She waited. She searched. She tried to find what she thought was best. I appreciate her concern and dedication. Having been told I was not a possibility, I’d attempted to convince Raine and Athena that he was not going to be their brother after all. They would not believe me. I’d made them no promises. I’d not even introduced the idea to them. It was something the girls determined on their own. As they visited with Adley at my friend’s house where he was being fostered, they decided he would be their brother despite being told all along it was impossible. To begin with, adoption was not looking likely in his case. Then, when at last it was, our family wasn’t a consideration.
Without any other options, the adoption department pushed the social work to at least meet me. Reluctantly, she agreed. Then we waited for her decision. Raine and Athena’s faith was unwavering. I knew the system well enough to know nothing was predictable. The meeting seemed to go exceptionally well but that was no guarantee.
“Yes,” a stranger at McDonald’s playland recently said, “This is the right family for him.” The woman, a recently retired special needs EA, had watched my crew intently after I shared how we came together through adoption.
“He has one older sister who really challenges him,” she said of Raine who was climbing in the structure calling to Adley to come up with her. “Another who is a little mother, encouraging him along,” she said of Athena who often came beside to gently lead him out of hesitation. “And a younger brother to run with,” she said of Branch. The two boys had taken off together in a rush when I announced they could leave the table and go play, that’s what had initially caught the woman’s attention.
“This is the best thing for him,” she said with certainty, as I sat back drinking coffee.
There are times I’ve wondered. Adley’s progress has been astounding since he came to me. He’d doing things previously thought impossible – eating on his own. There was a time he was choking so often a feeding tube was being considered. He’s speaking, sometimes in complete sentences. It was thought unlikely he’d ever communicate with words. His comprehension is often surprising. “Unless you have his full attention and speak directly to him in very simple words he won’t understand, “ his therapy team had told me in August before we moved here. We continued to do that. Yet often when I’m not speaking to him at all, Adley understands what’s going on.
When I told Raine and Athena that he wouldn’t be going to school last Monday because he had a dentist appointment, Adley jumped into the conversation, “Tooth. Pull. Out. Gone. No doctor,” he said. The week before, he’d fallen at school and cracked his front tooth. An emergency trip to the dentist had resulted in the tooth being pulled. We were returning to check on how he was doing. Adley understood the word dentist though when speaking directly to him I’d always used doctor. He remembered what had happened and could explain it. And he didn’t see any reason to go back since his tooth was already gone. The many facets of that interjection were considered to be absolutely impossible when he first came to us. The team of therapists who had worked with him since birth didn’t anticipate him to ever reach that level of comprehension and communication. It was a hope, but not something they were expecting.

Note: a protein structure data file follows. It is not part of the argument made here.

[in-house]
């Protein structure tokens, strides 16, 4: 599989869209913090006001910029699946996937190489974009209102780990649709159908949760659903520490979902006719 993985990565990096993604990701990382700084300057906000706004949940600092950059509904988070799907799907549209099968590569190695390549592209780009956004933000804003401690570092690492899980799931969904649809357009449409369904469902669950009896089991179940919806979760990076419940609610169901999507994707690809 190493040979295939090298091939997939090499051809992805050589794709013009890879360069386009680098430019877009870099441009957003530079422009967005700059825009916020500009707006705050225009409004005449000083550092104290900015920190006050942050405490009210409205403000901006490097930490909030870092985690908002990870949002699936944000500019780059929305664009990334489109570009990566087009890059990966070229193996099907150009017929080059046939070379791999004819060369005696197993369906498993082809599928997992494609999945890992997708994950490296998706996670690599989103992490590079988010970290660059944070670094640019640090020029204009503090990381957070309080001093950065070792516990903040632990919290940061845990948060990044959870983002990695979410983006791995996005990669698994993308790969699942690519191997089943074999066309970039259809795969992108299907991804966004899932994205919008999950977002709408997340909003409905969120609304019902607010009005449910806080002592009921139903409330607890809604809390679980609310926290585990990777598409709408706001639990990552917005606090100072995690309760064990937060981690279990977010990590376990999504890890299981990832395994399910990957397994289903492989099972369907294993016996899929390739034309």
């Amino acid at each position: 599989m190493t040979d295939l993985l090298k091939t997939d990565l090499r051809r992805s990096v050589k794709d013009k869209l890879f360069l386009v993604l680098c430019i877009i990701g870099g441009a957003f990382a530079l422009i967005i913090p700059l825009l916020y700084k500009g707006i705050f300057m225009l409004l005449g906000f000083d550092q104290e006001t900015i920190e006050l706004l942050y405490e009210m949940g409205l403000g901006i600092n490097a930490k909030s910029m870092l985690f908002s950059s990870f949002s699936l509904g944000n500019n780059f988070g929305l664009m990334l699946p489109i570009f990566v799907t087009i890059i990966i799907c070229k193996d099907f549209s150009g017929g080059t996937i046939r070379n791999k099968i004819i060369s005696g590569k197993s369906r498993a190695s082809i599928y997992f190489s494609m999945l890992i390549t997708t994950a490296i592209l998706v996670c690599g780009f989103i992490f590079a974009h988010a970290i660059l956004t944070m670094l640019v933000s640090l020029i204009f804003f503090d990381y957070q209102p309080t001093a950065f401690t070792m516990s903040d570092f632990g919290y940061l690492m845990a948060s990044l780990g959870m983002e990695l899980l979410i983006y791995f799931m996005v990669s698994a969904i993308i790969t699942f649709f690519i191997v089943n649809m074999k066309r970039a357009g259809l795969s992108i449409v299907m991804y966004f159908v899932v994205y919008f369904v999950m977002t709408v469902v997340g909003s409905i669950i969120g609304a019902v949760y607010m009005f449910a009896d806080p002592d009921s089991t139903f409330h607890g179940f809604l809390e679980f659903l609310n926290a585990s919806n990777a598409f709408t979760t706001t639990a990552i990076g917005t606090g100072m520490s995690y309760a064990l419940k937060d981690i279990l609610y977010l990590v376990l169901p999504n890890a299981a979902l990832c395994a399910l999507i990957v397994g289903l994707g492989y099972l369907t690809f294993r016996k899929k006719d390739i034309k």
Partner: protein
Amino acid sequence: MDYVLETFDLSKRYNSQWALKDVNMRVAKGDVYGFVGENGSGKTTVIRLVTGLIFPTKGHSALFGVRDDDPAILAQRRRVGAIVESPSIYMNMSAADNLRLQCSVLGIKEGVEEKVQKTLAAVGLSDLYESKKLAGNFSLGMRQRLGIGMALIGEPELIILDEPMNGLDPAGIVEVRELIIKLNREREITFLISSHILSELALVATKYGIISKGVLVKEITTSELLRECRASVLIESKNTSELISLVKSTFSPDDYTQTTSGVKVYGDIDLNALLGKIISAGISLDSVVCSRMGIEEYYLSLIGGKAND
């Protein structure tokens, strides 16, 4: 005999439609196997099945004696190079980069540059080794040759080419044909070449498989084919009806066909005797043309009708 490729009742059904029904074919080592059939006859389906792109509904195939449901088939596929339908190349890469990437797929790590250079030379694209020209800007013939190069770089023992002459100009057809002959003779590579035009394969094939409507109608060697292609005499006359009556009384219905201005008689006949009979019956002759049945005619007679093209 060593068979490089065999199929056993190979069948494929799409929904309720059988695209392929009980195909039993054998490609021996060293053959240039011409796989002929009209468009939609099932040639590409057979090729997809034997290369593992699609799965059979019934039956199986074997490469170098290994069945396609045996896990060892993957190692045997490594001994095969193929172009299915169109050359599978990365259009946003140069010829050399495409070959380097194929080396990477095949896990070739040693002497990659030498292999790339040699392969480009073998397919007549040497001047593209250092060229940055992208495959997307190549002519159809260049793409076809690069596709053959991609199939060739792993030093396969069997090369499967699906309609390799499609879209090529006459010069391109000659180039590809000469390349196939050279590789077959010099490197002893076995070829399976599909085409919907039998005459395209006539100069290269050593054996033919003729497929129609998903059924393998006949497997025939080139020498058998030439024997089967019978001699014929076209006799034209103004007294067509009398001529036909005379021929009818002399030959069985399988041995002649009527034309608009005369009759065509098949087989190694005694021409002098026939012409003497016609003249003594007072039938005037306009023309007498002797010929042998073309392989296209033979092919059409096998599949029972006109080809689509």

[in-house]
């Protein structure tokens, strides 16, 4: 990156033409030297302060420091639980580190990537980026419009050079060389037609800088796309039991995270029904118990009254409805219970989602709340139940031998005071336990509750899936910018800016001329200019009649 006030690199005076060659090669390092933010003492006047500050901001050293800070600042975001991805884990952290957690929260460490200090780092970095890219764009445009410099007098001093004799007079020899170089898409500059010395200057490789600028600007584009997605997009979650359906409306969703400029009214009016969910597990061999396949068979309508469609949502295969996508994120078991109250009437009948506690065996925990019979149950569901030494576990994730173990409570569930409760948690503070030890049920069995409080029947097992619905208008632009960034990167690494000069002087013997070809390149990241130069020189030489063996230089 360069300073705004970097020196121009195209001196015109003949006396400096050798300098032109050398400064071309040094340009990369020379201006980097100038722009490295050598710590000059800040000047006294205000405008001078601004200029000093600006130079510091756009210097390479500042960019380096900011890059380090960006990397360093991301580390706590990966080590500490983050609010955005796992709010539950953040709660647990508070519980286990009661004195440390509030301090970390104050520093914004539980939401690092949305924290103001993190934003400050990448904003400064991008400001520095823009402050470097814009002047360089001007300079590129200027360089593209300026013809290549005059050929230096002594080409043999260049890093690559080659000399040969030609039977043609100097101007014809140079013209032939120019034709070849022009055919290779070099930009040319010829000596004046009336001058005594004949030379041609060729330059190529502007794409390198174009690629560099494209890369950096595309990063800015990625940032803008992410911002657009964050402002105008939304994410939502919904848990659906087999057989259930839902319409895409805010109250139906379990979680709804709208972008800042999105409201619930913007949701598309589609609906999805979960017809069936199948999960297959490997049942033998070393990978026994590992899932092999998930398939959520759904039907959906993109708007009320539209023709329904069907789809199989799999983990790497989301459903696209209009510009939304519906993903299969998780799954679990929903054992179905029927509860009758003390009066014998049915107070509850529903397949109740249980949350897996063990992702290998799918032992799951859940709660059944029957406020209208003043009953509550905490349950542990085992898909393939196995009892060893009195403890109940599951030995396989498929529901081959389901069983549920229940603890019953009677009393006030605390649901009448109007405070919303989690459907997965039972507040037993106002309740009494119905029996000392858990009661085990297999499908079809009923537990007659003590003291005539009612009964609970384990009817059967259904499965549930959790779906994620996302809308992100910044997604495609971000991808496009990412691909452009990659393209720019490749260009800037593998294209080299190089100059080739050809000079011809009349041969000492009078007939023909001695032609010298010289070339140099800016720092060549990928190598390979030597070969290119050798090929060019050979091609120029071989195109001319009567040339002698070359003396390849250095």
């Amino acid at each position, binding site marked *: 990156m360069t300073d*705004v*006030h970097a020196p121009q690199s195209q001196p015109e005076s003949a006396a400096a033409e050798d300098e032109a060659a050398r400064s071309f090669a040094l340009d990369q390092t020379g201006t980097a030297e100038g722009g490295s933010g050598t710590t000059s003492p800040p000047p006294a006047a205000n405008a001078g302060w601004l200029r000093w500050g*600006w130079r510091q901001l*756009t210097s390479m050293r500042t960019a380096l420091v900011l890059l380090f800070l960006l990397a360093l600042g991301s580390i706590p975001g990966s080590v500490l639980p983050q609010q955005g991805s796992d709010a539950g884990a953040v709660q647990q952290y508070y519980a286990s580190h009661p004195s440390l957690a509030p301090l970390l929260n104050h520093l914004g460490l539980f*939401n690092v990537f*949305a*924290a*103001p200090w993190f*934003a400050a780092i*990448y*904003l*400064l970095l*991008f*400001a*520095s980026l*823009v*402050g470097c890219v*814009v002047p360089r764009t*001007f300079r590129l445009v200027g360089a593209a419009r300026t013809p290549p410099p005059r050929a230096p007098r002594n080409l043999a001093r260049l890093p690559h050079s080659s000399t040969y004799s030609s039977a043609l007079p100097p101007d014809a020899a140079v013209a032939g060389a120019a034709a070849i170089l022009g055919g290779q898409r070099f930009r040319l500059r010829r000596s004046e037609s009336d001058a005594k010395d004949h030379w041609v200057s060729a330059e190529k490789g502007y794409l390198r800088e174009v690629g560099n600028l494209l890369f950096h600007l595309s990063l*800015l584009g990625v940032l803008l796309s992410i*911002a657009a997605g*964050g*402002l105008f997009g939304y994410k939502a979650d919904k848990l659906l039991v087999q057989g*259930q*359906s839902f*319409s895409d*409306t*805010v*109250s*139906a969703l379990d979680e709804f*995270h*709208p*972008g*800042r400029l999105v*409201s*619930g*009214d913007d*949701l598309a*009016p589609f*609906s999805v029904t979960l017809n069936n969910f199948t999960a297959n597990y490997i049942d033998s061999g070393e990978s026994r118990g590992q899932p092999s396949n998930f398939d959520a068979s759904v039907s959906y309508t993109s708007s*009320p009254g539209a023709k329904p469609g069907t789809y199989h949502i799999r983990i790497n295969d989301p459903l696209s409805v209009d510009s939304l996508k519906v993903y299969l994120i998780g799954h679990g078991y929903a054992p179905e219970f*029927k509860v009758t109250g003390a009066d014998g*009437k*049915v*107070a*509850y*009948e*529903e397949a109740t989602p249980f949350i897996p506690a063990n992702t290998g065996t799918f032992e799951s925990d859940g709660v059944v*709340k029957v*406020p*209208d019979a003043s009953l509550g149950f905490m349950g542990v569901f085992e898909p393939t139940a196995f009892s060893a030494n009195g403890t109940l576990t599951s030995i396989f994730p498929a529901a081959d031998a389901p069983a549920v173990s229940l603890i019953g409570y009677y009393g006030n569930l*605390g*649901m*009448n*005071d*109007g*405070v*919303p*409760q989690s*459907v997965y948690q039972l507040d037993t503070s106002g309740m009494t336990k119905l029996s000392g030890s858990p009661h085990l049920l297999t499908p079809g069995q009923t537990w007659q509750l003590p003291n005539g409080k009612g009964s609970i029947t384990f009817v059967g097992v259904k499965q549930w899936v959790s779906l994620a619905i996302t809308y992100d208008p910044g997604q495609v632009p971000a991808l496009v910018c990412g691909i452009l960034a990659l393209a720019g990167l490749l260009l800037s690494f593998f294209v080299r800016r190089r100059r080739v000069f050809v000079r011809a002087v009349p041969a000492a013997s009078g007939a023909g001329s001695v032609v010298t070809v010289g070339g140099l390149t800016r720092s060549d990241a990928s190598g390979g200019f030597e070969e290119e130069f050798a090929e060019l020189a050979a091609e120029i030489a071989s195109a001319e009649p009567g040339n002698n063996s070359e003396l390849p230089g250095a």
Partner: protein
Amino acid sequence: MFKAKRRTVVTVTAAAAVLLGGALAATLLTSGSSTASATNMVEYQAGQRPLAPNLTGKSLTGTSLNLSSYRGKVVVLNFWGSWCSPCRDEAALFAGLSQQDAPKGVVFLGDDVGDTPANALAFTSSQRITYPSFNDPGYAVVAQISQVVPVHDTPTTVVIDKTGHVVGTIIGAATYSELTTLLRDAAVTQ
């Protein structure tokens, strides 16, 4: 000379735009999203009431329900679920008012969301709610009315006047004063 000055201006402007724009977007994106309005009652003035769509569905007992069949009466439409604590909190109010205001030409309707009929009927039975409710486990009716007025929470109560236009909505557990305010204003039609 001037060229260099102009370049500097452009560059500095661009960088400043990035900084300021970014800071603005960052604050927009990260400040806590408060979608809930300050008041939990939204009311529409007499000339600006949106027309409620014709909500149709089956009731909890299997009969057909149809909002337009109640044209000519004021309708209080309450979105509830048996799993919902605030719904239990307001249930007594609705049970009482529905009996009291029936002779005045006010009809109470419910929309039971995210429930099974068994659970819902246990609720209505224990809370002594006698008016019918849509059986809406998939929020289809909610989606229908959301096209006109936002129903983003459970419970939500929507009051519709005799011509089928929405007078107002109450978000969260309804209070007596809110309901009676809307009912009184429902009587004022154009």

This morning while waiting for the bus, he was jumping in puddles with his sisters like any other 4yr old would. Both feet left the ground as he tried to make splashes as big as theirs. When he came, there was still the real possibility that he could be wheelchair bound. That’s not even a consideration now.
I worried about making a move that would result in Adley being in a regular school instead of one specifically for special needs children which is where he would have gone had we stayed where we were. It was a risk I took with the encouragement of the team of therapists who had worked with him most of his life.
The school here on Wolfe Island has been outstanding. Being the only child with extensive special needs, Adley is able to access the full amount of funding designated for this area of education. He gets the same equipment he would have gotten at the special needs school. He has a one on one EA. He has friends who encourage and challenge him. At the little island school, he’s known and loved by all. Children fight over who gets to sit with him on the bus. From JK to Grade 8, the children are cheering him on as he makes exceptional gains.
When God brought us together, He knew where our path would lead. Though at the time I had no idea we’d find ourselves on this island, God knew. It’s been such a special place for Adley. Not only is he accepted despite his special needs, he’s celebrated in ways I never imagined.
Looking back on the boy who joined our family two years ago, I can hardly believe it’s the same child I watched splashing in puddles this morning.
When I said yes to Adley it was with the knowledge that those simple milestones might never come. I said yes to loving him in the limitations of his condition. In love, he’s been able to grow and exceed many of the expectations. Today, I’m celebrating the son God saw fit to give me. He knew we were the right family for Adley. And I’m grateful for the opportunity to love him.